Chargebacks are among the biggest issues facing merchants today by Gulf Business November 18, 2022 Dispute resolution is one of the biggest pain points for customers anywhere today. The process can be equally frustrating for retailers and merchants, who may be at the receiving end of payments fraud. Given that the UAE is a vibrant consumer market, with retail sales predicted to reach Dh259bn by 2025, according to a report by the Dubai Chamber of Commerce and Industry, it isn’t surprising that there are strong consumer protection laws in place. These laws safeguard consumer rights in cases of disputes. Chargebacks are among the biggest issues facing merchants today. A chargeback is when a payment is reversed after a customer disputes a charge on their account statement. For example, a customer might have received a damaged product or the merchant made a processing error and accidentally charged the customer twice. In these cases, a customer can file a chargeback with their bank for transactions made on credit or debit cards. Once approved, the customer receives the transaction amount back in full. Chargebacks v/s refunds There’s a difference between chargebacks and refunds. With a chargeback, the customer contacts the bank (not the business) to reverse the payment. The chargeback process takes longer and involves a few more stages than a refund. And any fees associated with a chargeback are significantly higher than a refund. Some of the most common reasons for chargebacks are fraud – where the cardholder claims they didn’t make or authorise the transaction; consumer disputes – where the product wasn’t as described or didn’t arrive by the expected delivery date or the cardholder was informed the payment wasn’t processed; processing errors – where some of the payment information was incorrect. This could include information like the amount, currency, account number; or authorisation – where the payment couldn’t be authorised, or the authorisation was declined. If the merchant disagrees with the chargeback claim, they have the chance to defend it. Disagreements could range from merchants claiming the product wasn’t damaged on arrival or that the package was delivered on time. Preventing chargebacks As tedious as chargebacks can be for customers, they can also be a huge waste of time and money for businesses. They can cost both the purchase amount as well as additional fees. Banks and card networks may also issue a penalty if the chargeback ratio (the percentage of chargebacks of transactions) becomes too high. Preventing chargebacks is more important than defending them. Even if you win the chargeback defense, it’ll still count against your chargeback ratio. Although businesses may not be able to avoid chargebacks altogether, there are ways to lower the amount. Let’s look at how: Have an easy returns policy Having a clear returns policy ensures that you can issue a refund as quickly as possible when the customer requests one. Also, make sure to provide your email address and phone number on your website and emails so that the customer can easily contact you Be realistic with delivery dates If there’s anything customers hate – it’s being kept waiting. Always set a realistic delivery date. If there are delays, let the customer know as soon as possible. Refund customers proactively if you can’t provide the goods/services by the expected delivery date. You can also track your goods to monitor their delivery date and get the customer to sign for the package on delivery for extra security. Be transparent with your communication Always ensure the payment descriptor of your bank account is clear and accurate and respond to any customer questions quickly. You must also alert your customers if a product is out of stock as soon as possible and provide detailed product descriptions on your website. Invest in the right security software To prevent fraud, use authentication tools like address verification service, card security codes, and 3D secure 2. Make sure your risk system can identify customers who regularly file a chargeback and could be committing friendly fraud. Dispute a chargeback if you feel it necessary If you think the transaction is legitimate and the amount is substantial, do dispute a chargeback. Some payment providers, like Adyen, will automatically defend chargebacks if the case is straightforward. For example, if you’ve already refunded a transaction before the cardholder filed for the chargeback, Adyen’s auto-defense feature will defend it with no action needed. Looking ahead Our research shows that 72 per cent of UAE retailers expect to grow by 20 per cent or more this year. To keep the momentum going, retailers will need to iron out merchant issues to prevent loss of revenue. As consumers are increasingly shopping online, new opportunities for fraudulent activities are emerging. Investing in the right payment technology can help mitigate these risks to some extent, but merchants must invest in robust processes and preventative measures to keep fraud in check.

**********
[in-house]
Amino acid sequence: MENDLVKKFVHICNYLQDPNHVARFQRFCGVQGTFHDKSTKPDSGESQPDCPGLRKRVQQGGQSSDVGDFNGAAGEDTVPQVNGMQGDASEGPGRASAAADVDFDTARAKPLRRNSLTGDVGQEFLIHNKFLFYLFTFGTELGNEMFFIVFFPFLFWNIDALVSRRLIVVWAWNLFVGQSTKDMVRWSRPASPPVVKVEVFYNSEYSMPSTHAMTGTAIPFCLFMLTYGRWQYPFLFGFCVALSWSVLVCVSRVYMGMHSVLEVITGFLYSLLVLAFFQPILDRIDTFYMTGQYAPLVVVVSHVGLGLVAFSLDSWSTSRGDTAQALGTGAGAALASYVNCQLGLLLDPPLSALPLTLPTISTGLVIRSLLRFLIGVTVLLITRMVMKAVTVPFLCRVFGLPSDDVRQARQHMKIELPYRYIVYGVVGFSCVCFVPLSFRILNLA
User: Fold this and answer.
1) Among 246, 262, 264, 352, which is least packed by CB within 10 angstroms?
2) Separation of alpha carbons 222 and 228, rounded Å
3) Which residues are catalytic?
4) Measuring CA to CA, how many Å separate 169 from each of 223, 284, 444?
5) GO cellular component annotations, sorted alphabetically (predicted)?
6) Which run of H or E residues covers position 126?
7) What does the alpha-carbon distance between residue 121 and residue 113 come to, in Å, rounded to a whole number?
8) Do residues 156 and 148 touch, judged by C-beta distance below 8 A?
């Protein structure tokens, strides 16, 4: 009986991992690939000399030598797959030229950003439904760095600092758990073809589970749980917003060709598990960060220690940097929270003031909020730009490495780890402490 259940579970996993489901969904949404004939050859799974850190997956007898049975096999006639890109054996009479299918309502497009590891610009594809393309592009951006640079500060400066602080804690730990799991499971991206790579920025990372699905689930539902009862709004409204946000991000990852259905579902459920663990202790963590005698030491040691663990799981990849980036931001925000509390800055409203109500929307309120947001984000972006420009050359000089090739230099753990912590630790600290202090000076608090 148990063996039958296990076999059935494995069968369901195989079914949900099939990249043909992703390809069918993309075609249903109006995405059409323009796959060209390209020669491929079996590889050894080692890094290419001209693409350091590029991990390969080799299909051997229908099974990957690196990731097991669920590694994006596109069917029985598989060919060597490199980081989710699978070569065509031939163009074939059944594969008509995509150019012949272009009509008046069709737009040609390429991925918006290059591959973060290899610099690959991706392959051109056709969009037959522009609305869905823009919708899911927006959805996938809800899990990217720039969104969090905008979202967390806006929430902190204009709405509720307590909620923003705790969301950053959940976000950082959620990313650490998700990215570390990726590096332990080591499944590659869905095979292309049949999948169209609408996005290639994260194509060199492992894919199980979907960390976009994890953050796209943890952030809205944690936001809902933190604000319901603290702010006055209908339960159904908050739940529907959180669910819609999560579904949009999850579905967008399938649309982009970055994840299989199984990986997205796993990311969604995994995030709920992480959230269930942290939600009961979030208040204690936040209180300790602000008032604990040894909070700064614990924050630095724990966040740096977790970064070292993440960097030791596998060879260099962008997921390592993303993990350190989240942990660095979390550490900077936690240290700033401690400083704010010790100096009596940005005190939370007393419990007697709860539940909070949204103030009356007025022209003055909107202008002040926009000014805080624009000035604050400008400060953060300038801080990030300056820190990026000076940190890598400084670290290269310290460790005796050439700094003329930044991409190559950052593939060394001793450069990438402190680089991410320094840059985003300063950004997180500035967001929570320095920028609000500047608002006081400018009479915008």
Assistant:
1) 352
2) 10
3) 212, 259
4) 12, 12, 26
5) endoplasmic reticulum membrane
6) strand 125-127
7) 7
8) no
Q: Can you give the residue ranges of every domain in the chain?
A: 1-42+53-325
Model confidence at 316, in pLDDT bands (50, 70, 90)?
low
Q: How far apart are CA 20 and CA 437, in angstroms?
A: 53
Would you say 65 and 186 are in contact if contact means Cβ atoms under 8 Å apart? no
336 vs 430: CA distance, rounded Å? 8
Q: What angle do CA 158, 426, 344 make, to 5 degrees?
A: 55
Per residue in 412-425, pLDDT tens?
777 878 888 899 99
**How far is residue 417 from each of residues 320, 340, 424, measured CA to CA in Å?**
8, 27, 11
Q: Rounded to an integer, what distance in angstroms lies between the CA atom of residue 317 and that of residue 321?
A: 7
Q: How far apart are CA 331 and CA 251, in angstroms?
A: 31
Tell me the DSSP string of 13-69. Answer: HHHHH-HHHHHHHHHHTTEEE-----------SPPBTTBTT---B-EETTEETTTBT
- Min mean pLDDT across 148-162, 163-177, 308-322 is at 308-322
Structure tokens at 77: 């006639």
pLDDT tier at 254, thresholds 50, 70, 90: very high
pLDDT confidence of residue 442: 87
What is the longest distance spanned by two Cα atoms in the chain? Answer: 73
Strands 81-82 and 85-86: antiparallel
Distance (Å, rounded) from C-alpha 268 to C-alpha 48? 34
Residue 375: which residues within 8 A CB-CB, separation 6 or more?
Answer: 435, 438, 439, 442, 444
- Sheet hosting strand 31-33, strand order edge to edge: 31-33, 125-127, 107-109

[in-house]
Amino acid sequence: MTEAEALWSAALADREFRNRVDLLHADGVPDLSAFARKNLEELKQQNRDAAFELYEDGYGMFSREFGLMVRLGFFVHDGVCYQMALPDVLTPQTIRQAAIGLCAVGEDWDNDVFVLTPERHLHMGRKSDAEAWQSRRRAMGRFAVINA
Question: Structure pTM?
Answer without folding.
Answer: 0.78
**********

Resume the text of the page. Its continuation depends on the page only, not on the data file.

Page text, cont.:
Adyen Web Traffic

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Adyen Frequently Asked Questions (FAQ)

  • When was Adyen founded?

    Adyen was founded in 2006.

  • Where is Adyen's headquarters?

    Adyen's headquarters is located at Simon Carmiggeltstraat 6-50, Amsterdam.

  • What is Adyen's latest funding round?

    Adyen's latest funding round is IPO.

  • How much did Adyen raise?

    Adyen raised a total of $266M.

  • Who are the investors of Adyen?

    Investors of Adyen include ICONIQ Capital, Felicis, Index Ventures, General Atlantic and Temasek.

  • Who are Adyen's competitors?

    Competitors of Adyen include CSI, Block, Airwallex, PayPal, mx51, Alviere, Opn, 2C2P, Mangopay, TokenEx and 50 more.